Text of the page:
This is part of something I wrote to my parents after moving here to try to explain my feelings to them. I figured it kinda fits with this thread and
you guys might enjoy reading it, so here goes:
There are several reasons why one might be religious: a psychological desire to fit in with a group or to feel looked after; a feeling of social
pressure, of being expected to hold a set of beliefs; or, perhaps, because that person has a legitimate faith... Because they can feel the spiritual
influence, the presence, of their objects of worship in their lives. This feeling of presence, of oneness with something greater than themselves, can,
when welcome, provide feelings of ecstasy and divine wonder. These powerful feelings that some derive from strong faith is what I feel from northern,
seasonal forest. My body is matter, it is of the Earth; when I die and move on to whatever lives may come next, my body will be to the Earth returned.
I am part of it, now just as much as I will be in death. The forest is my church. When I go to the woods, I feel the presence of something greater
than myself, some wild, powerful yet indifferent spirit of pure life and pure death. I feel the essence of everything around me. Simultaneously I feel
the calm of a running stream and the viciousness of a wolf tearing the throat of its prey. I feel one with this spirit of nature.
-Speaking of presences and spirits and whatnot, back in PA I would often feel as though there were powerful spirits watching me. I had had several
interesting encounters with spiritual activity, even being physically interacted with, and one of those times experiencing what could be considered a
physical "warning". This particular "warning" experience was absolutely terrifying. The sense of power I felt from what I encountered was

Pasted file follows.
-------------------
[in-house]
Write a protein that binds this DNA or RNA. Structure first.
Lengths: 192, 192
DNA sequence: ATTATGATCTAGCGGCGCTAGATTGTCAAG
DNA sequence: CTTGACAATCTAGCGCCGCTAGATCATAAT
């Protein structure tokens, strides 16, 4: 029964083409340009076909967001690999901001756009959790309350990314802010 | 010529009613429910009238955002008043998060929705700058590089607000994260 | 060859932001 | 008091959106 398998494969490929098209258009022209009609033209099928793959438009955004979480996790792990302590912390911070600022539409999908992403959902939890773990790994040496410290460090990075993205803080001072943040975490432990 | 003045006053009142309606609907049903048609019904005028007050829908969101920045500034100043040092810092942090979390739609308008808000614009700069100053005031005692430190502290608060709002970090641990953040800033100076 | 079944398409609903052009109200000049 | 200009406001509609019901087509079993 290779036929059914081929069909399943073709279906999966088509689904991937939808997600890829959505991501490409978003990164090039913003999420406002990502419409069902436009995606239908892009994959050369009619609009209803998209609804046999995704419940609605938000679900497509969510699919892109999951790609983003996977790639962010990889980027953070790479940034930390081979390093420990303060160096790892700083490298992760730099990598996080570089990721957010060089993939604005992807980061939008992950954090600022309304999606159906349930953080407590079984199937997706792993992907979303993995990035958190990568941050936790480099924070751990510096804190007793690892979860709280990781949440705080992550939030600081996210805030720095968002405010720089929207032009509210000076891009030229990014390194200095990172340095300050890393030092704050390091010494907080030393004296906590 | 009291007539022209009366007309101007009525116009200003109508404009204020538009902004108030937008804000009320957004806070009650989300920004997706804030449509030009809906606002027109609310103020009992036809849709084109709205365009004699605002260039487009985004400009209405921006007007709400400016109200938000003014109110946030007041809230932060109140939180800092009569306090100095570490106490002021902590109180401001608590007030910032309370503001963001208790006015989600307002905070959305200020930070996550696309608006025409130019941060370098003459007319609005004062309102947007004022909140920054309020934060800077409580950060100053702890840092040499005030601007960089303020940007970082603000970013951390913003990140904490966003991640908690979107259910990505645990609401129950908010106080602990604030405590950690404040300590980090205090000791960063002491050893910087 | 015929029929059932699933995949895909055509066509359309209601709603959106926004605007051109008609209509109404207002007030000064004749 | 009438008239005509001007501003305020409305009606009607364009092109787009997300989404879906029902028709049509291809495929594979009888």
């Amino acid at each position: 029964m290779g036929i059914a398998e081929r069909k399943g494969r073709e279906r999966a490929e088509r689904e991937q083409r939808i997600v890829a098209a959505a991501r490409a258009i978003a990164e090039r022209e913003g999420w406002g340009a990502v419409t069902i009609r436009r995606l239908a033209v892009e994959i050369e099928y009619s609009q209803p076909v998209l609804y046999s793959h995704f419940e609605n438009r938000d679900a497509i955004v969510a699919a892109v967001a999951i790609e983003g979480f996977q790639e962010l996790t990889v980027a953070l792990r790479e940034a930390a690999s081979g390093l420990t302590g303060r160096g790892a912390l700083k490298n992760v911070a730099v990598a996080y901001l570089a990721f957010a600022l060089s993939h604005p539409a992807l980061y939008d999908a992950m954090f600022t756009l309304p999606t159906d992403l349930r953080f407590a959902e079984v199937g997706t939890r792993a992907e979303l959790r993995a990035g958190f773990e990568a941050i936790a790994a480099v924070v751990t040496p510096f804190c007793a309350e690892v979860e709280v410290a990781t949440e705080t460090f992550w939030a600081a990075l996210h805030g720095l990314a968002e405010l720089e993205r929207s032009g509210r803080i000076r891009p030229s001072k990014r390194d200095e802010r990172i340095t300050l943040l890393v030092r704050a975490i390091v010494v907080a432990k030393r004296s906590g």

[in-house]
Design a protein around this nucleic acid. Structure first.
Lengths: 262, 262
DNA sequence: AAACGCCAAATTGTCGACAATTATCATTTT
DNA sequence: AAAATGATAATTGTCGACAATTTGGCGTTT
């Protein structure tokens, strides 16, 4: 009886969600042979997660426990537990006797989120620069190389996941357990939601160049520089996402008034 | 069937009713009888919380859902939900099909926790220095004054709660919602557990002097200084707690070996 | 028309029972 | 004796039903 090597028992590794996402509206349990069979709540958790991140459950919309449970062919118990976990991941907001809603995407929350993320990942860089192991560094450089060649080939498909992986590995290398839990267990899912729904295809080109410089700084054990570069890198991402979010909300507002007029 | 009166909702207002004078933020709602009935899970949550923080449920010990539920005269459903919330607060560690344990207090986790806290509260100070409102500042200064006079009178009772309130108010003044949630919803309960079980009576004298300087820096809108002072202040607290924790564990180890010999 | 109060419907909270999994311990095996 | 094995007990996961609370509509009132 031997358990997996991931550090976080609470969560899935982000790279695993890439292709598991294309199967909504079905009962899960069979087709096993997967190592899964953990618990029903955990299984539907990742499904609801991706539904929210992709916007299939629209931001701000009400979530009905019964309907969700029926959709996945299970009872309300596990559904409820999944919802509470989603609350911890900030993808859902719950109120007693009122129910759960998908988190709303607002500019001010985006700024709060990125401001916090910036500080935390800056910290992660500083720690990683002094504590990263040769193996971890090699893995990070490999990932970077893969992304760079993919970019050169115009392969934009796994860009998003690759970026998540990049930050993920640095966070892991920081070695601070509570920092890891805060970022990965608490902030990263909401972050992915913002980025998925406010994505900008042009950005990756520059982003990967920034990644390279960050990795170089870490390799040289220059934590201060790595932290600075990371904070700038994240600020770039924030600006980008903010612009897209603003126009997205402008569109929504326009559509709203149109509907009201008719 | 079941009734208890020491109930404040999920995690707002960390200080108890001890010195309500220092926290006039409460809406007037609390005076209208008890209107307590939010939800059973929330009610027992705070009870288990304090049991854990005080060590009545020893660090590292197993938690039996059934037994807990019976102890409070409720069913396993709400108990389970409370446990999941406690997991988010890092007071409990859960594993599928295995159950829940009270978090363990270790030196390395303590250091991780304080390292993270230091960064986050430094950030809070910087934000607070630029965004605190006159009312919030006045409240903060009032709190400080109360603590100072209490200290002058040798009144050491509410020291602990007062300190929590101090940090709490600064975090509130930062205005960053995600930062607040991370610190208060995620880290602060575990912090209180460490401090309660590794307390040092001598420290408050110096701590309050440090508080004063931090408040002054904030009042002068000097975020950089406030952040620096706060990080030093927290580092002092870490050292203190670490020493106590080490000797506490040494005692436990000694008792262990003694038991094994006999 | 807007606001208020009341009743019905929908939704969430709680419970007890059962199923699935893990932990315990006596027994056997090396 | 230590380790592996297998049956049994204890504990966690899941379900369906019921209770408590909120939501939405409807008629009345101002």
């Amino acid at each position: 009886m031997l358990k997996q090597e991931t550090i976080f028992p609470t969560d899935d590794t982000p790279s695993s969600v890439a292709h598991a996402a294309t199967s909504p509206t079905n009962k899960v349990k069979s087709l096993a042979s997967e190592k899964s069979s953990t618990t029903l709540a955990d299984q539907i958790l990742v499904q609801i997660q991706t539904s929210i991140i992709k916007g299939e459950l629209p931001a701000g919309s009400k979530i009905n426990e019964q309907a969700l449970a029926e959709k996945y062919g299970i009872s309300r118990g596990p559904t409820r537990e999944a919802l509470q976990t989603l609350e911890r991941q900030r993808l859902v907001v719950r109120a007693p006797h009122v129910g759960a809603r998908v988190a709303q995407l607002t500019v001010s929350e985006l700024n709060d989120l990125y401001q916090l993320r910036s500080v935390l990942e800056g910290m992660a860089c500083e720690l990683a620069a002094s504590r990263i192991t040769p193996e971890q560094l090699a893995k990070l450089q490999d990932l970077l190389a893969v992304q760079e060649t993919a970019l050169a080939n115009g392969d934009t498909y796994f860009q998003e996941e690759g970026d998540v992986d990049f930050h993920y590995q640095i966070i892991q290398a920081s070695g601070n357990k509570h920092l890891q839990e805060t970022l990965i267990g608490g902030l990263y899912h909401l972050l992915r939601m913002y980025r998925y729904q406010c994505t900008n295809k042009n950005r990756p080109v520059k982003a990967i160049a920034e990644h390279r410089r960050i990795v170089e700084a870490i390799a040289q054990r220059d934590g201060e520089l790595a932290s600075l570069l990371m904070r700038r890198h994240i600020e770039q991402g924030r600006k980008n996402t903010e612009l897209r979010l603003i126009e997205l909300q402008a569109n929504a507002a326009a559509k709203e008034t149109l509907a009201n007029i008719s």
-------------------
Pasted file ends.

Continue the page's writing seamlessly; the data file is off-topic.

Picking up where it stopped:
overwhelming. Sometimes my perceiving of spiritual presences around me gave me a hair-raising feeling of terror, as though I could feel something
dark and dangerous watching me. Other times it was a very calming, peaceful feeling. However, I did not get the feeling that these beings had any
intention of harming me. Rather, it felt as though we had a mutual respect... Much like if you are hiking and encounter a wild Grizzly bear. The bear
would prefer to observe you from a distance out of curiosity, but both you and the bear know that it could and would violently tear you to shreds if
it felt provoked. In this way of both individuals knowing their boundaries, they showed mutual respect to one another. I welcomed most interaction and
usually enjoyed the company. But nevertheless, I feel no presence here in Florida. This place feels spiritually empty.
One very different aspect of life in the above-mentioned environment is the seasonal change. Watching the seasons change is like watching the circular
birth and death of the environment.
Summer - I feel the sunlight gently burning my skin, as if I'm being caressed by God. It feels as though the bright, long daylight is the gates of
some heavenly kingdom opening all around me. The heat that envelops every inch of my body is like a trial that I must overcome. But for doing so, I am
rewarded with the views of the trees and plants in all their glory.
Fall - By now I have become sick of the summer heat, and just in time. I look forward to the melancholy feeling of the leaves dying and the trees
becoming barren. It is a happy sadness, to feel the end of the life cycle approaching. I await the hug of the perfect autumn air. I love the smell of